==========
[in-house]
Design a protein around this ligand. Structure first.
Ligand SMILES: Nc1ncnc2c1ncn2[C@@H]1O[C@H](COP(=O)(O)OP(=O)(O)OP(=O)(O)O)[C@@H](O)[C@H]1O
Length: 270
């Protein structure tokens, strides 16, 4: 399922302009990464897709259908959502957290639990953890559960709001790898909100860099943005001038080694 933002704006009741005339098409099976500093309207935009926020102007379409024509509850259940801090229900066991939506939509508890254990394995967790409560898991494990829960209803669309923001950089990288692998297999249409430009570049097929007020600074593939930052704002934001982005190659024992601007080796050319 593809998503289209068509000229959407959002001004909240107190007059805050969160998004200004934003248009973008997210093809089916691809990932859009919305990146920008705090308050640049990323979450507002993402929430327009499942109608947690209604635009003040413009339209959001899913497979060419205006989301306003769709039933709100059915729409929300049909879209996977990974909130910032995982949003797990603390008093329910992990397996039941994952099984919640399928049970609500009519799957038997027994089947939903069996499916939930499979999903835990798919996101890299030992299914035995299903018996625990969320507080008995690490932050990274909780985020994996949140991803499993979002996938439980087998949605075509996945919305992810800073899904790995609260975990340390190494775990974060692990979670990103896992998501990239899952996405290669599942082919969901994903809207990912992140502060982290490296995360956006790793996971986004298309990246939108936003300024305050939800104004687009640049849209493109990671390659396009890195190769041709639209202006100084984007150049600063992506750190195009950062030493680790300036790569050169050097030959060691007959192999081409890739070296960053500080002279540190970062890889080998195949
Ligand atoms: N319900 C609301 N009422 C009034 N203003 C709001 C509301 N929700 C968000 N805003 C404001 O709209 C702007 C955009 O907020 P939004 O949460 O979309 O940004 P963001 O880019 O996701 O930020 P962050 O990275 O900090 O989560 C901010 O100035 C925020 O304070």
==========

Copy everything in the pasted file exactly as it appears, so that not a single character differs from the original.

[in-house]
Design a protein around this ligand. Structure first.
Ligand SMILES: Nc1ncnc2c1ncn2[C@@H]1O[C@H](COP(=O)(O)OP(=O)(O)OP(=O)(O)O)[C@@H](O)[C@H]1O
Length: 270
């Protein structure tokens, strides 16, 4: 399922302009990464897709259908959502957290639990953890559960709001790898909100860099943005001038080694 933002704006009741005339098409099976500093309207935009926020102007379409024509509850259940801090229900066991939506939509508890254990394995967790409560898991494990829960209803669309923001950089990288692998297999249409430009570049097929007020600074593939930052704002934001982005190659024992601007080796050319 593809998503289209068509000229959407959002001004909240107190007059805050969160998004200004934003248009973008997210093809089916691809990932859009919305990146920008705090308050640049990323979450507002993402929430327009499942109608947690209604635009003040413009339209959001899913497979060419205006989301306003769709039933709100059915729409929300049909879209996977990974909130910032995982949003797990603390008093329910992990397996039941994952099984919640399928049970609500009519799957038997027994089947939903069996499916939930499979999903835990798919996101890299030992299914035995299903018996625990969320507080008995690490932050990274909780985020994996949140991803499993979002996938439980087998949605075509996945919305992810800073899904790995609260975990340390190494775990974060692990979670990103896992998501990239899952996405290669599942082919969901994903809207990912992140502060982290490296995360956006790793996971986004298309990246939108936003300024305050939800104004687009640049849209493109990671390659396009890195190769041709639209202006100084984007150049600063992506750190195009950062030493680790300036790569050169050097030959060691007959192999081409890739070296960053500080002279540190970062890889080998195949
Ligand atoms: N319900 C609301 N009422 C009034 N203003 C709001 C509301 N929700 C968000 N805003 C404001 O709209 C702007 C955009 O907020 P939004 O949460 O979309 O940004 P963001 O880019 O996701 O930020 P962050 O990275 O900090 O989560 C901010 O100035 C925020 O304070």